Samuel Adams took a stool at the bar, whilst he waited on his bud. Wiser men around him were debating the brewing revolution and the British High Life feeling for their American cousins. Samuel thought that now might be the time for a hard cider approach to the British. The talk of the brewing revolution had grown heated almost to a boil when it was allowed to be siphon off to cool and age, no one wanted to disturb this full bodied sprit. Until now, it was time to get off the stool and…
Jim B and Jack D’s boisterous conversation interrupted Sam’s thoughts, these two were the only ones not participating in the conversation. Instead the Kentuckian and Tennessean were bragging about their horses, especially the Tennessean with his horse Pabst, winning the Blue Ribbon at the High Lands race. While the Kentuckian was exhorting the praises of his New Castle. The rest of the gathering paid little attention to the two, too much corn for their taste.
By now the discussions had turned heated, bitter and hoppy, the revolution was coming and there was no reason to wine and put a cork in it. As the debate grew in measure a stout porter, the one who came from India, looking pale and aleing stood and spoke. In a lite voice he began:
“There comes a time in the Coors of human events when men must rise above the malt of oppression and shake off the wort of apathy. Like a Rolling Rock we will begin this revolution, taking it to the taverns throughout this great land. Ye who want to join this revolution cross this Red Stripe and unite.”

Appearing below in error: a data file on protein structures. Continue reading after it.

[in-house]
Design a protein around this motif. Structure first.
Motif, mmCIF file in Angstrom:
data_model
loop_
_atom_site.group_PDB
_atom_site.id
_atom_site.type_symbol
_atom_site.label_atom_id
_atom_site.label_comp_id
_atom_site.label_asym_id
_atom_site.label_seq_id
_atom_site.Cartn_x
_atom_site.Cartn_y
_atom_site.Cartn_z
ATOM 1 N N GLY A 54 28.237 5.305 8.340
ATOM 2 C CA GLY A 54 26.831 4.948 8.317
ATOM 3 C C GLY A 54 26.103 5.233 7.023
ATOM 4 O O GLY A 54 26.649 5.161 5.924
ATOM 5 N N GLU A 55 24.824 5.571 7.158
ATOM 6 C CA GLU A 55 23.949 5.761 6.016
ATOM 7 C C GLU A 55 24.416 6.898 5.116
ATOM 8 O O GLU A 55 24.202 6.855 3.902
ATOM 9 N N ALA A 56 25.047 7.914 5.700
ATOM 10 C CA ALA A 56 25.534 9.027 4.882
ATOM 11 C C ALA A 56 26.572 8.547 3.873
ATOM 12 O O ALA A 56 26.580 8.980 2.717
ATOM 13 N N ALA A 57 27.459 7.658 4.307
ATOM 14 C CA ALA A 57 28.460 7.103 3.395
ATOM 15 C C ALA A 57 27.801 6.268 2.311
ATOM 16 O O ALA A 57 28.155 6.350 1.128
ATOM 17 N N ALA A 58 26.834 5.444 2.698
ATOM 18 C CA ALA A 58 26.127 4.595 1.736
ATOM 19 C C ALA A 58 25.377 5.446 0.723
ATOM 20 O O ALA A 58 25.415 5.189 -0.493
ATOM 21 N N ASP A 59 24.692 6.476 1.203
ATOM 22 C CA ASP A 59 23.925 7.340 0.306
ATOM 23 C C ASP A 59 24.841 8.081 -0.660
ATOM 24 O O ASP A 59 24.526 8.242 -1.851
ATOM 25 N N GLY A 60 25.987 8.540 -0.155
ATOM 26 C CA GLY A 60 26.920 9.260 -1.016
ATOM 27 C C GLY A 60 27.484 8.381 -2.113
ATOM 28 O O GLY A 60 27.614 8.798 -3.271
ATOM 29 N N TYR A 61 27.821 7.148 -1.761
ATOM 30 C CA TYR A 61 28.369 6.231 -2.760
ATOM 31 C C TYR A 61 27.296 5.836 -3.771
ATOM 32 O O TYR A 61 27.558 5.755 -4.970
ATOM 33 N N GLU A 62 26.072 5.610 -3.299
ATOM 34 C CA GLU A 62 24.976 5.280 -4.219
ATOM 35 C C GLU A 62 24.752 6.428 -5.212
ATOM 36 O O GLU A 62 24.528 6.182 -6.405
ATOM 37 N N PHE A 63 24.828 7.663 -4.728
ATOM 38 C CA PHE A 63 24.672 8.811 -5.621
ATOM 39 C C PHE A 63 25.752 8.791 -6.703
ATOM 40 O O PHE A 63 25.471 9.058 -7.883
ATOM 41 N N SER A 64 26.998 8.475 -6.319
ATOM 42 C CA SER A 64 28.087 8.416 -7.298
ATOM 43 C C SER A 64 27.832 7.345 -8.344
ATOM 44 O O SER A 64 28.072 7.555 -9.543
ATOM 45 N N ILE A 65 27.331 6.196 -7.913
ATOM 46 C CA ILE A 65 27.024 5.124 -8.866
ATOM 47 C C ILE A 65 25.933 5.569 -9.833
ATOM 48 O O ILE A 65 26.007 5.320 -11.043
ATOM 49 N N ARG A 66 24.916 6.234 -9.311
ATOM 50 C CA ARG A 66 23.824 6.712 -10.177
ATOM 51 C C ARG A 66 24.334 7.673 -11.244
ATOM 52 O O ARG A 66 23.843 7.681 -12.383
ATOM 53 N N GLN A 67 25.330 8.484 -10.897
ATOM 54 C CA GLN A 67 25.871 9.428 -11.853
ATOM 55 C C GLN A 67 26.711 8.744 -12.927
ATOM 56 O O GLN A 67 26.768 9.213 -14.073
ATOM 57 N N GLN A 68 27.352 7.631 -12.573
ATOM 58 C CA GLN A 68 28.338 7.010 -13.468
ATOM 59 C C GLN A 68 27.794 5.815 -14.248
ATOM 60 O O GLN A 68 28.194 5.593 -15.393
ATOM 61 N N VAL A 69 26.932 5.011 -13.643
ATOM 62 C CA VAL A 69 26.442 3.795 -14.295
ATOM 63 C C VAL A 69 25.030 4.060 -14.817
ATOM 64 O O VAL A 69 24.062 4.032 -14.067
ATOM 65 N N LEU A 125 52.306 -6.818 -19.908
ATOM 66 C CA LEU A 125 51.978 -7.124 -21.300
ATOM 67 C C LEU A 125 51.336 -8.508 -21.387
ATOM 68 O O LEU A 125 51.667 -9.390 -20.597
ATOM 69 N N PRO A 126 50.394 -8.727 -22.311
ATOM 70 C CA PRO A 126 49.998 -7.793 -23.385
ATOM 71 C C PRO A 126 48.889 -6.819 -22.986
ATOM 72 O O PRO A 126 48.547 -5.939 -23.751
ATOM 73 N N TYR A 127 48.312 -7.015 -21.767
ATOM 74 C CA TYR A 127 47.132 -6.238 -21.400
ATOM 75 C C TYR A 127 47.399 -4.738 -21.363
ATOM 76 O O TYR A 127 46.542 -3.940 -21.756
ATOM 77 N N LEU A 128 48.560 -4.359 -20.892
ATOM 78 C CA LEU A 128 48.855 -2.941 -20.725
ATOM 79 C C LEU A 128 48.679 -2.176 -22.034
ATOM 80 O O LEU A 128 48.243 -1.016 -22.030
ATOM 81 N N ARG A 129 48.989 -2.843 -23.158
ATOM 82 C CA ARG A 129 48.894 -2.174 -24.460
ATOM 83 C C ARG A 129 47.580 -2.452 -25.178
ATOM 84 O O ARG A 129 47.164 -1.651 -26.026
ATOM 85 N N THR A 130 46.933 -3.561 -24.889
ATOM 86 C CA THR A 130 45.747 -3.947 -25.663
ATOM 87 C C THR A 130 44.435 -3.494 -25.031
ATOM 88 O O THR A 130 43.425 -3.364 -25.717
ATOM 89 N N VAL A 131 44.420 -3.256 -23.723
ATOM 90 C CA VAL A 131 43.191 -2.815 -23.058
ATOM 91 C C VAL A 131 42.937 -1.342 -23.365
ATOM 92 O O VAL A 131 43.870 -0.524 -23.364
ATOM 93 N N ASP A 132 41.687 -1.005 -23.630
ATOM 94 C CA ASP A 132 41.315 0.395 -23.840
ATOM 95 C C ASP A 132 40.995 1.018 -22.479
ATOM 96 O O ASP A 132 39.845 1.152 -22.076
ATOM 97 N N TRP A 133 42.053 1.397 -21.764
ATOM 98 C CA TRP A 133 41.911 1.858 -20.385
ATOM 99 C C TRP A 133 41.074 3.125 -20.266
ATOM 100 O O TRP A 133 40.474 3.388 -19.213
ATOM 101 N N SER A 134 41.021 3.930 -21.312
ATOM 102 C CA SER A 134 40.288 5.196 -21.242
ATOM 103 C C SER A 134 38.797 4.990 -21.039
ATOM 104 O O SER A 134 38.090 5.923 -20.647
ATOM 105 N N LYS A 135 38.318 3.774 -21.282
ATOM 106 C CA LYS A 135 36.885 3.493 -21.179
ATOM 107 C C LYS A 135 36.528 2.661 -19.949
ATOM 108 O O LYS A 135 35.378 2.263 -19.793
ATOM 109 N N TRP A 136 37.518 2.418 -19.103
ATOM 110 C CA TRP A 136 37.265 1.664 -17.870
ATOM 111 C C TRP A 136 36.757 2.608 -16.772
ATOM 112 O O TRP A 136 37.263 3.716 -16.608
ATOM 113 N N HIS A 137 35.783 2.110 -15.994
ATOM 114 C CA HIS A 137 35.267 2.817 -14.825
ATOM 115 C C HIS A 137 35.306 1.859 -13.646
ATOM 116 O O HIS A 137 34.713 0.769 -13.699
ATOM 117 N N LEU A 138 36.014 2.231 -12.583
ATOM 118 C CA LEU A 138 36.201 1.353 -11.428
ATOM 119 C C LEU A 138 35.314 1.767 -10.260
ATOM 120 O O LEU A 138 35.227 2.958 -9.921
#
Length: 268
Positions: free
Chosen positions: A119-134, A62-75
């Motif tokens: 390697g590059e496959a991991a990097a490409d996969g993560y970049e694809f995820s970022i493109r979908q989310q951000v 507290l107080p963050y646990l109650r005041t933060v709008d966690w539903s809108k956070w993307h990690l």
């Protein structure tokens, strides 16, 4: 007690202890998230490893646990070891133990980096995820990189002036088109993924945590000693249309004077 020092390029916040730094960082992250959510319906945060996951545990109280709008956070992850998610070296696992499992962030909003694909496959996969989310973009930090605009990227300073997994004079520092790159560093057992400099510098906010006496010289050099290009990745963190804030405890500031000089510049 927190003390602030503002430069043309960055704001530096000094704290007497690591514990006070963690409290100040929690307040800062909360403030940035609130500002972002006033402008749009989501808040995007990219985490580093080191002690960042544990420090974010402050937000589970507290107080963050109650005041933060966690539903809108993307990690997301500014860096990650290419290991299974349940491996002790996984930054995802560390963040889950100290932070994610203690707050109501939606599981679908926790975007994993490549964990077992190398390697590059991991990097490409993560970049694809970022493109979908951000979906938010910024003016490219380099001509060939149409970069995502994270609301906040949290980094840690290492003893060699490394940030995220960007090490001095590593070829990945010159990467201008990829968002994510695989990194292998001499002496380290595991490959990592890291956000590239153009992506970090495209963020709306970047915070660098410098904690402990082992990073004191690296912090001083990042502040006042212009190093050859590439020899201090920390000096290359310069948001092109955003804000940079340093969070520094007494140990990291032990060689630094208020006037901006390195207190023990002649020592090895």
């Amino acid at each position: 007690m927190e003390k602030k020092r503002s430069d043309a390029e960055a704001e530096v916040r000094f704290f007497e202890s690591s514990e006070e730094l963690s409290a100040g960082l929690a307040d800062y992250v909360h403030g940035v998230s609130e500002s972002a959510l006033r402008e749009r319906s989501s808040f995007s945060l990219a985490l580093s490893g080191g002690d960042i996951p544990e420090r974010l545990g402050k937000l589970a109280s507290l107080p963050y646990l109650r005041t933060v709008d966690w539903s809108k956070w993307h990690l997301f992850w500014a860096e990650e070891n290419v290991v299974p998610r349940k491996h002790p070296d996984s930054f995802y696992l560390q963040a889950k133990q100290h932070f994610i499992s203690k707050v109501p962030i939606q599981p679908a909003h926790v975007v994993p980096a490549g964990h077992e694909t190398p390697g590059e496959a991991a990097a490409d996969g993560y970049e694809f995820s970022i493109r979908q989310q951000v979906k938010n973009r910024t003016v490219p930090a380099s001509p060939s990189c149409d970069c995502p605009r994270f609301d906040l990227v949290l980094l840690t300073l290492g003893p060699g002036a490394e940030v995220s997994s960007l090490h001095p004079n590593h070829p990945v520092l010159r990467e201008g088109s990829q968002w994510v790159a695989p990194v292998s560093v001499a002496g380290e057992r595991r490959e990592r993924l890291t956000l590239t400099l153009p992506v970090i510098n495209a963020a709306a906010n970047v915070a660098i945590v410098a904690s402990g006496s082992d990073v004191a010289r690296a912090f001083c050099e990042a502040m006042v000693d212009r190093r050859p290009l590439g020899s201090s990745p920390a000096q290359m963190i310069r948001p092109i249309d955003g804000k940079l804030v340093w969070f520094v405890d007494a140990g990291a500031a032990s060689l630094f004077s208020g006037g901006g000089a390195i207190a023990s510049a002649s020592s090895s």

“Here hear. Bravo. Let’s mash the oppressor!” The demands rose from the gather revolutionaries.
Miller Killigan, the Old Milwaukeean, stood, “My brothers in arms, I am not going to lager the point but it is time to tap this and unite, taking this revolution to the homes of America. These foreigners ride in here like they are on a Red Bull not mixing well with anyone.”
“Yeuling Dinling to the foreigners.” Bud said in a loud voice for all to hear.
Then Mich spoke, “We can’t ignore this invasion, we have barley enough rights as it is!”
Pete the porter stood and shouted “Can it Mich.”
“No, you bottle it.” shot back Mich.
“Keg it, you two. Can’t you two agree on anything?” Pils Ners stood and shouted back, labeling the two as lite weights.
“This is a bunch of Schlitz if you ask me.” Pete the Porter added. “We should be preparing for Bass season and not arguing like a bunch of Wild Turkeys.”
George, the heir apparent to head this delegation, finally stood and announce.
“Gentlemen this debate is fermenting like yeast in carboy, the issue Beck-ons us to declare that it is time for a vote. Let’s end this matter once and for all, put one X on your ballot to approve.”
“Dos Equus por nada.” Came a shout from the back of the gathering.
“That is right, Jose Curvero, two X’s to disapprove us moving forward with the revolution.”
In the amber of the evening, as the fizzy lemon Corona of the sun settled into the Purple Haze of the horizon, a Blue Moon settled into the night sky, with a slice of orange coming off its rim, the brewing revolution continued on. When would they unite and bring this to a head. Or would they live under the mash and bock of the foreigners.
As the debate rolled on, with no resolution in sight, Carrie Nation, never a big fan of this bunch, axed her way into the meeting.
“All right you guys, you’re acting like a bunch of Shock Head Boys, time to go home, you only have the hall till ten.” A combine groan arose as Carrie barreled through the hall and rolled the guys out. Thus ending the North End Society of home-brewers quarterly meeting.